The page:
Special report: Mining for medical gold

by Sruthi Valluri, DOTmed News | September 28, 2011

Nanotubules deliver the goods
Meade and Ho’s group at Northwestern is not the only lab to be pursuing this line of research. Dr. Lon J. Wilson, a professor of chemistry at Rice University, has been working with a different kind of nanoparticle called nanotubules. Wilson’s nanotubules are hollow and measure only one nanometer in length. While nanodiamonds carry gadolinium on the outside, Wilson and his group placed the gadolinium ions on the inside of these tubules.

Wilson calls this combination of nanotubes and gadolinium gadonanotubes. He says the benefit of the nanotubule is that it acts as a sheath, protecting patients from the toxicity associated with gadolinium. The gadonanotubes produced images that were at least 40 times more effective than the best clinical agents.

Wilson attributes this improvement to the scale at which nanoparticles operate. With five to ten gadolinium ions confined in the small space of a nanotubule, the contrast agent’s effect is amplified.

“The success of the gadonanotubes is really an effect of nanotechnology,” explains Wilson. “The nanotechnological approach to imaging is a new paradigm in contrast agent design and execution.”

According to Meade, the advantage of nanoparticles is not limited to reducing dosages and toxicity. Nanoparticles also offer the opportunity to combine two fields that had previously been separate in imaging: therapeutics and diagnostics.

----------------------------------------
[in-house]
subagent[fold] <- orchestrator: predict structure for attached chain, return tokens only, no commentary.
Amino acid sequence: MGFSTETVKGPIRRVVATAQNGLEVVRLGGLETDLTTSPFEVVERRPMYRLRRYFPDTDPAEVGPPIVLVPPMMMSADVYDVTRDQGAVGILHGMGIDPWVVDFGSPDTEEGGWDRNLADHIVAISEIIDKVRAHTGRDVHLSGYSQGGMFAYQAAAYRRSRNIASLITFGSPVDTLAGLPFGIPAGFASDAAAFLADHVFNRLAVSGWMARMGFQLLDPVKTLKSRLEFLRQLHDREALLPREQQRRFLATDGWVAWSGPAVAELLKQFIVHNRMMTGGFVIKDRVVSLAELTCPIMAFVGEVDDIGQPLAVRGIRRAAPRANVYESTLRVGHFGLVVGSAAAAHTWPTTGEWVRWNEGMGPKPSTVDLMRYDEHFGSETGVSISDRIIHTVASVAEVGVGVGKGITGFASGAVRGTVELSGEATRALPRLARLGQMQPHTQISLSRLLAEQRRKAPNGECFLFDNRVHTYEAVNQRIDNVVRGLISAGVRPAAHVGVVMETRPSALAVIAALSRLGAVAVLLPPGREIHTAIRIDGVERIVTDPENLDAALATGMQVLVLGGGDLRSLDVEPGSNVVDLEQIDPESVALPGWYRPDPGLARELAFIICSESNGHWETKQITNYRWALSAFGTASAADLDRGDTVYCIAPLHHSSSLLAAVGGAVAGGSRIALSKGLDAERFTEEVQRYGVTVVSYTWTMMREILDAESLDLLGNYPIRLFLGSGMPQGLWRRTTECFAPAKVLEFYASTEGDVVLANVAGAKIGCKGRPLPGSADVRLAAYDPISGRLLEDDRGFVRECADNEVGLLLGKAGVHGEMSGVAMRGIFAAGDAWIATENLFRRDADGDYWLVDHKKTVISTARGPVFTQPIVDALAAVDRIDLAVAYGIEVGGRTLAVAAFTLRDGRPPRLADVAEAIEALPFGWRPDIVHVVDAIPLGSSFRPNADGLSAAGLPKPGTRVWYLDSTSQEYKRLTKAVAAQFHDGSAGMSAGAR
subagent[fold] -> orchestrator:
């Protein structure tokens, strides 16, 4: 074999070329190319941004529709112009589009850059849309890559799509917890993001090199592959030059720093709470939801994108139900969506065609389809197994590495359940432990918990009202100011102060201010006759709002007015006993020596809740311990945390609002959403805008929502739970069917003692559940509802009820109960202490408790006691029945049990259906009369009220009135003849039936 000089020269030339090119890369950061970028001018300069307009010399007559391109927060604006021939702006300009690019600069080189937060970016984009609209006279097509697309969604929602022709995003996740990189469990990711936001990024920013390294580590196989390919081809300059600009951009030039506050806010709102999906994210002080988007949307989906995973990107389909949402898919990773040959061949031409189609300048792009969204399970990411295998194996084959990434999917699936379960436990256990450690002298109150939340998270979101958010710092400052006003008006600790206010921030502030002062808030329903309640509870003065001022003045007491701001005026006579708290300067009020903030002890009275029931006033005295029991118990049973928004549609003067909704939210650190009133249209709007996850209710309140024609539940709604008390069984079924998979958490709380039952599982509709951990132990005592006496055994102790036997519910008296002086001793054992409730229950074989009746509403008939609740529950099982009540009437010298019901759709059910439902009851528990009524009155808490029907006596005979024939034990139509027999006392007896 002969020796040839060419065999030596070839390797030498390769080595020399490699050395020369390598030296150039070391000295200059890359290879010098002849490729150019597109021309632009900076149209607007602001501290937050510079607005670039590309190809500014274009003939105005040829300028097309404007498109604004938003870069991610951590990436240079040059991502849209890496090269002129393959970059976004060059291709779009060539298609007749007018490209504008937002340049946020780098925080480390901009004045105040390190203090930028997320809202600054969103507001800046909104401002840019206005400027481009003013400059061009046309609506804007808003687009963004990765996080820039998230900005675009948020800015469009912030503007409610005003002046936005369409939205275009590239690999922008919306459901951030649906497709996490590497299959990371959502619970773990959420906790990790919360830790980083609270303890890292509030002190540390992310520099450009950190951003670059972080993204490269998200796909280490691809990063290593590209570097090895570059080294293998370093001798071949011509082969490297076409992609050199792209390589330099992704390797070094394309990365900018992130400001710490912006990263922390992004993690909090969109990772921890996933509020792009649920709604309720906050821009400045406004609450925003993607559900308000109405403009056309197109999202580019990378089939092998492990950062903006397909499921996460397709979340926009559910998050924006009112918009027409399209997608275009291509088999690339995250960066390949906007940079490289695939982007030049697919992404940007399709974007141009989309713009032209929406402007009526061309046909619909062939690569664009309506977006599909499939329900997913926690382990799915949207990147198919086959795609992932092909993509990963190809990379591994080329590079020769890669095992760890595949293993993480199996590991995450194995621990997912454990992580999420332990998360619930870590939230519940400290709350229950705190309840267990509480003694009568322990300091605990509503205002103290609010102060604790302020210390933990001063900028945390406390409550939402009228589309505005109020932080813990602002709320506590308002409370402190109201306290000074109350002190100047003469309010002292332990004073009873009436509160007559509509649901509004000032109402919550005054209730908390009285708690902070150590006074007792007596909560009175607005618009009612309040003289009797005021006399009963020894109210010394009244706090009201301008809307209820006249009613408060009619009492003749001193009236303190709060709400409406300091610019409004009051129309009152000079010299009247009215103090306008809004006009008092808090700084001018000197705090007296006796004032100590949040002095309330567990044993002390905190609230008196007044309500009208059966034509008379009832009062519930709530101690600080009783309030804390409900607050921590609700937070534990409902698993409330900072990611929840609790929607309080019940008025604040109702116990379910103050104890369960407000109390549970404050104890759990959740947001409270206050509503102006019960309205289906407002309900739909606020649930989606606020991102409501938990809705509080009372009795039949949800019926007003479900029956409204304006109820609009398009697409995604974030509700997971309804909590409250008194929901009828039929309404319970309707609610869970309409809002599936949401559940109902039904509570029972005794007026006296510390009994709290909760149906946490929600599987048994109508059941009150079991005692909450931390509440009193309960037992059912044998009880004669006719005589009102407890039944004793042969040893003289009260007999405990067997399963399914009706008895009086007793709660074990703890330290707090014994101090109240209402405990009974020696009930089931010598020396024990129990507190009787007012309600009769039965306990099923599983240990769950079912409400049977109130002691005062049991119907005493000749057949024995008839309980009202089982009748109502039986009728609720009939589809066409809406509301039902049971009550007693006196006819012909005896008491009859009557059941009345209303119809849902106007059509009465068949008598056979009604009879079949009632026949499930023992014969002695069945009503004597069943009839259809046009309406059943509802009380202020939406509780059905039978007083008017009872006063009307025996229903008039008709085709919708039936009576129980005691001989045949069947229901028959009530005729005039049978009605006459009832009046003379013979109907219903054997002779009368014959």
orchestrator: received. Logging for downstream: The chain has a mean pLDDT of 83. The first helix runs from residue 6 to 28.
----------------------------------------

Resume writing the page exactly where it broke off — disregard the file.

Meade compares nanodiamonds to UPS trucks, a nontoxic delivery system for his choice of contrast agents and therapeutics. “They give us a platform on which to decorate a material with both diagnostics and therapeutics,” says Meade, a professor of chemistry, molecular biosciences, neurobiology and radiology at Northwestern.

This feature of nanoparticles—their seemingly unlimited ability to bind to and deliver a range of compounds simultaneously—is what makes them so intriguing for use in imaging. By covalently bonding nanoparticles to contrast agents and therapeutic compounds at the same time, physicians gain a new perspective.
“We call this theranostics, the combination of therapeutics and diagnostics,” Meade says. This combination may allow clinicians to “fate-map,” or follow, therapeutic compounds—like cancer drugs—as they move through the body. Wilson’s group is also headed in the same direction. They are researching the potential of cancer therapy where nanoparticles deposit therapeutics at specific sites while providing clinicians an opportunity to monitor their progress using MRI.

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